My dad was a reader. My whole life, he had a book in his hand and we had full shelves in our house. He loved classics and war novels and history and fiction and mysteries. I became a reader too. We made countless trips together to bookstores and the library over the years, and he introduced me to many of his favorite authors. Among them was Herman Melville and he particularly loved the book Moby Dick. At his repeated recommendation, I tried to read it. I swear I picked up that book at least three times but could not get into it.
Sometime in the last year, I had a premonition that my dad wasn’t going to live much longer. He was sick and he was trying so hard to get better but it wasn’t going well. I made a resolution that when he died, I would read Moby Dick. I think I needed a tribute in advance.
On the morning of August 1st, I was awakened by a phone call from my step-mom that she couldn’t wake up my dad. I went to their house immediately and stayed with her while the police and the coroner, and eventually the mortuary folks came. Later that day, looking at my dad’s bookshelves, I remembered my plan to read Moby Dick. Now it was time.
Also later that day, my birth father called from New York and left a voicemail. I love him, I love talking to him, and I knew I would call him back as soon as I could, but I had this feeling of mild awkwardness. It felt strange to think about calling my birth father back to tell him that my dad died. There’s a sentence maybe not a lot of people say: “Dad, my dad just died.”
When I did talk to my dad—New York Dad – I told him about the Moby Dick commitment. He said he has read it two or three times and loves it. That was cool to hear. I bought it on Kindle while I was on the phone with him and started reading that night.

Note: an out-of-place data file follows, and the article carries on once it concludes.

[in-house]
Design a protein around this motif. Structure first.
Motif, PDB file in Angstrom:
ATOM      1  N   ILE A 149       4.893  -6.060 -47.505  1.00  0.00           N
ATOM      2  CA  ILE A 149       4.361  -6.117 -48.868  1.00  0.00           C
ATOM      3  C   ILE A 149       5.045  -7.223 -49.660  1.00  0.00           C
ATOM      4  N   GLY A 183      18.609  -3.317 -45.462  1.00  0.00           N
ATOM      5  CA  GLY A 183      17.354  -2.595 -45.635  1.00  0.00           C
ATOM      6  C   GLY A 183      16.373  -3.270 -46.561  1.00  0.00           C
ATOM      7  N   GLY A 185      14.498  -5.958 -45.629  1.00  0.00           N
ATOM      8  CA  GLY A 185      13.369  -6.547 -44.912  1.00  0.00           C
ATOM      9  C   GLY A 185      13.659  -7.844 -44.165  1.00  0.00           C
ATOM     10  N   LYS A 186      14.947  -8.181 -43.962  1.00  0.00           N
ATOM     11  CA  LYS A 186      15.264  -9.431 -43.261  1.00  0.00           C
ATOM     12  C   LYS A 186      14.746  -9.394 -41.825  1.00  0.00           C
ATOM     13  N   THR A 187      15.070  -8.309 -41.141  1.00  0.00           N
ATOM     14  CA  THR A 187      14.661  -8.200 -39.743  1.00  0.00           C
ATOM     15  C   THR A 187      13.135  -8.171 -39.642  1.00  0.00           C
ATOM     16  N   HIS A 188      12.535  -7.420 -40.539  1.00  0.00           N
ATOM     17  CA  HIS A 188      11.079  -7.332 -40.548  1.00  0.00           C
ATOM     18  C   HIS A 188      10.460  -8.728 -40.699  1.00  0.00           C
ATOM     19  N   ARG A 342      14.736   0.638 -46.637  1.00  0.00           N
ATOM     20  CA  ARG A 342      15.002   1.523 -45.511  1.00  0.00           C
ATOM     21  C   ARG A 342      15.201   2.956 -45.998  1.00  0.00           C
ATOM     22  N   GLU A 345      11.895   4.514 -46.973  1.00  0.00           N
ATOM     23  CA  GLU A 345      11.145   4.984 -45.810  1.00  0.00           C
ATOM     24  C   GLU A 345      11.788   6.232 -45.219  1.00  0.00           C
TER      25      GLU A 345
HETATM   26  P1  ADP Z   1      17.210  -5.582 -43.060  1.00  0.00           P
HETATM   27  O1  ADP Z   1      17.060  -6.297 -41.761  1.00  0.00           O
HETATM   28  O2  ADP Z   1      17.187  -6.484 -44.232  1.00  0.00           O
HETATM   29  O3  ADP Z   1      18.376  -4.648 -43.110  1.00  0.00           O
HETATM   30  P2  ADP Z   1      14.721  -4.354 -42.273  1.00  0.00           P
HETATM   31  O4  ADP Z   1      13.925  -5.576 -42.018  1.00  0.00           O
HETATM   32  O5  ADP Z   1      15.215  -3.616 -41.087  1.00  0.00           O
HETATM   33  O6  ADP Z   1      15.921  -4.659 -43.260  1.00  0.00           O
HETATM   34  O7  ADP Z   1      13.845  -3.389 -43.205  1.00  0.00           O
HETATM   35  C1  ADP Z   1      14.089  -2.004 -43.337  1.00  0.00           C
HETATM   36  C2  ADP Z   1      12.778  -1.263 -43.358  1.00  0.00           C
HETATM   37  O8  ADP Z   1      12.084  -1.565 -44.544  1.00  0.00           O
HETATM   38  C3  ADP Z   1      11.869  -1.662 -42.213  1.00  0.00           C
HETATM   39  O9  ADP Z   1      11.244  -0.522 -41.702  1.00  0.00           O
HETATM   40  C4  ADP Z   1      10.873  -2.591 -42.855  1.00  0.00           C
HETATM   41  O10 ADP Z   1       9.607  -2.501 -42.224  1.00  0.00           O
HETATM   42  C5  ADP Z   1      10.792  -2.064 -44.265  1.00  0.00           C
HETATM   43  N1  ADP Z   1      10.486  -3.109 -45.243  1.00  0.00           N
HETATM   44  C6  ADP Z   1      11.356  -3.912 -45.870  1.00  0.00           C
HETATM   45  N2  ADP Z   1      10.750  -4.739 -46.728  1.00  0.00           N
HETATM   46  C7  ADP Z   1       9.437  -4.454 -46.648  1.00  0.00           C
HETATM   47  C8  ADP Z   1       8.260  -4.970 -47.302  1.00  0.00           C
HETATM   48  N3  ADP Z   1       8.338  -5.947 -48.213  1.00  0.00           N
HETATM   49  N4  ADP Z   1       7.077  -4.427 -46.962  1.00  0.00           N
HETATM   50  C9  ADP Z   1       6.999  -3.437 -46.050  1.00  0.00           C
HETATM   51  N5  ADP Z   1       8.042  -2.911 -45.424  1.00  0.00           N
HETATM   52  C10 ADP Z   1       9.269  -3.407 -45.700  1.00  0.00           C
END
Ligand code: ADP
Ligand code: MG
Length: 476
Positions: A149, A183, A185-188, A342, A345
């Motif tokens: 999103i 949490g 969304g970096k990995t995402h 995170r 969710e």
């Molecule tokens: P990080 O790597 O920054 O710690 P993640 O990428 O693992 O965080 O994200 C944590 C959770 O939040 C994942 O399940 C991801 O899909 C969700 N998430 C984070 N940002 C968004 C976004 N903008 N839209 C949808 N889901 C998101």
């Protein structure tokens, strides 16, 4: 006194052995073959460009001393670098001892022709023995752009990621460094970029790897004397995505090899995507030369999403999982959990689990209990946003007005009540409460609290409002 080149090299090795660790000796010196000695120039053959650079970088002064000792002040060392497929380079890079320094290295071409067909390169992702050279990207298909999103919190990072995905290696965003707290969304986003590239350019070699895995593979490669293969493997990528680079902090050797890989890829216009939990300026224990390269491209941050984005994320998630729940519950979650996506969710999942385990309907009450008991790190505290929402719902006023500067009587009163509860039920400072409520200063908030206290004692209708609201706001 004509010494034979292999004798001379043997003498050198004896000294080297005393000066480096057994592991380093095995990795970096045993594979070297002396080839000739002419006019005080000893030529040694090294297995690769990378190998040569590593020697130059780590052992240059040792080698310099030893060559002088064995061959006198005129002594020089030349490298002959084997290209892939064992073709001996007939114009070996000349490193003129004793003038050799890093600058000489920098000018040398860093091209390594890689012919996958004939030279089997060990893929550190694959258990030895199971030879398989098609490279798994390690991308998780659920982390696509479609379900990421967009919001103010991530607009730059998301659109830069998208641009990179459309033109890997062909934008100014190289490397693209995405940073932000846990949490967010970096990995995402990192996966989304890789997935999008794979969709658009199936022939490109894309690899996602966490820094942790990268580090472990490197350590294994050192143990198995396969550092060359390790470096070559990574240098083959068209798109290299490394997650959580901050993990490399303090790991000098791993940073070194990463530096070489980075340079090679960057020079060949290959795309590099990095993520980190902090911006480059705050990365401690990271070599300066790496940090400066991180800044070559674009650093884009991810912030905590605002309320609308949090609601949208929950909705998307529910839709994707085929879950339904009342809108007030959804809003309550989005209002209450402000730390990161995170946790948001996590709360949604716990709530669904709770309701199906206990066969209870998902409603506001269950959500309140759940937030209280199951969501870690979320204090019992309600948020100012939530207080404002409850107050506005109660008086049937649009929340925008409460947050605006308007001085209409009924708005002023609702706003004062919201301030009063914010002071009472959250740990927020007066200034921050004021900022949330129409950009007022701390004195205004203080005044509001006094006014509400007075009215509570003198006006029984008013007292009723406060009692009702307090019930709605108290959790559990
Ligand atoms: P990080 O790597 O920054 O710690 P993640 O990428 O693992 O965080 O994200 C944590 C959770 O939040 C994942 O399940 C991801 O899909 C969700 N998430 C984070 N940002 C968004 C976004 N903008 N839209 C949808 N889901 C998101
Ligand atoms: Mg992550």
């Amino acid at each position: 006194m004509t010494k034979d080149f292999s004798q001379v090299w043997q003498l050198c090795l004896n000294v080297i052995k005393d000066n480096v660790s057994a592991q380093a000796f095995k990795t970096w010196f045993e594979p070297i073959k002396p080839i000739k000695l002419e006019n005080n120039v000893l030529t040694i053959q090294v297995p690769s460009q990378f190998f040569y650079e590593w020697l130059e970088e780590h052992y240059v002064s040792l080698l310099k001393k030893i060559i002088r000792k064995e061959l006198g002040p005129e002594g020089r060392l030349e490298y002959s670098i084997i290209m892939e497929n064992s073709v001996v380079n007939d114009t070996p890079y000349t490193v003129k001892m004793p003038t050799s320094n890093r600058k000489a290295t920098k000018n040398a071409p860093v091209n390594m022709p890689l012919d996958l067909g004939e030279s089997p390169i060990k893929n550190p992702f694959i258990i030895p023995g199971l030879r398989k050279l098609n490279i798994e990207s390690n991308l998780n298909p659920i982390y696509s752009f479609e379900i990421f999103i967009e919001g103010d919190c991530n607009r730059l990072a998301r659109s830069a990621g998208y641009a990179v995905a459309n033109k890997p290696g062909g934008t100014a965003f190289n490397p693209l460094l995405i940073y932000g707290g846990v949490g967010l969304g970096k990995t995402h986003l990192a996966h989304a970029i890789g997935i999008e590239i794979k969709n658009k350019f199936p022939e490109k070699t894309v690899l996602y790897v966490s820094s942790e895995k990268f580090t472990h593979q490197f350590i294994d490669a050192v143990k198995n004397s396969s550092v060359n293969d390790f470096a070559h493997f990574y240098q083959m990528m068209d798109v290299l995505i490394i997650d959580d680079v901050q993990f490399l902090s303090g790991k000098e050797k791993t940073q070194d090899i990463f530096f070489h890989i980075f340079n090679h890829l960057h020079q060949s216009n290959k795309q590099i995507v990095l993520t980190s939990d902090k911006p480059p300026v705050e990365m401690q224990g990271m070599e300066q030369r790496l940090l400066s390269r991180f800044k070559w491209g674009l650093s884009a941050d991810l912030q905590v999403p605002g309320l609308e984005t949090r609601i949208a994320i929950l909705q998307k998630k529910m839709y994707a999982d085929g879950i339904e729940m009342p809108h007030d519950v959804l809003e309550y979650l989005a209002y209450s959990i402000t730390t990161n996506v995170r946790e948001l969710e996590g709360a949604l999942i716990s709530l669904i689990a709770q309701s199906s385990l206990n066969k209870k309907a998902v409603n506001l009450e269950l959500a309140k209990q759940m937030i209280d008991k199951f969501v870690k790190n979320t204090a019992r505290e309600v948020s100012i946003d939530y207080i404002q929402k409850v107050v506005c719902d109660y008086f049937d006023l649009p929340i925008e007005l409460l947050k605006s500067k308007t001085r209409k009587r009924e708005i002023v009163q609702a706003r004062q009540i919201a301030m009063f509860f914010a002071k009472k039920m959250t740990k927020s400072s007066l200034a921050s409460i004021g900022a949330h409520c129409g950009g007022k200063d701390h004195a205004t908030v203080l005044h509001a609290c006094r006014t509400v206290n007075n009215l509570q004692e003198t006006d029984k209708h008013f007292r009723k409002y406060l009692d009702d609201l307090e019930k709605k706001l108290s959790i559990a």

Isn’t it funny how you can pick up a book and it does nothing for you, then another day -- another year -- it’s entirely different? I don’t believe this is the same book I couldn’t slog through in the past. Only two chapters in I can perceive why Las Vegas Dad liked it so much and several passages have reminded me of New York Dad. There’s some great balm in this, to have one book connected to both dads.
And I need a balm right now. One dad just died and I left the other one in New York two weeks ago. It was a 2,770-mile road trip from New York to Nevada via Tennessee. I drove mile after mile relishing the scenery and pondering my old family, my new family, and where I belong and how. Those miles passed too quickly. I can’t get everything figured out and no amount of miles could make it easier to be without the father I just met. Similarly, no number of years makes it easier to say goodbye to the father who raised me.
So I’ll read Moby Dick, of all books, and think about these two fathers. They have more in common than Melville, including boating and woodworking and art. (We won’t talk about politics or women.) They also have plenty of differences, but those don’t stand out as much. For my purposes, it means everything that they read. And that they had me.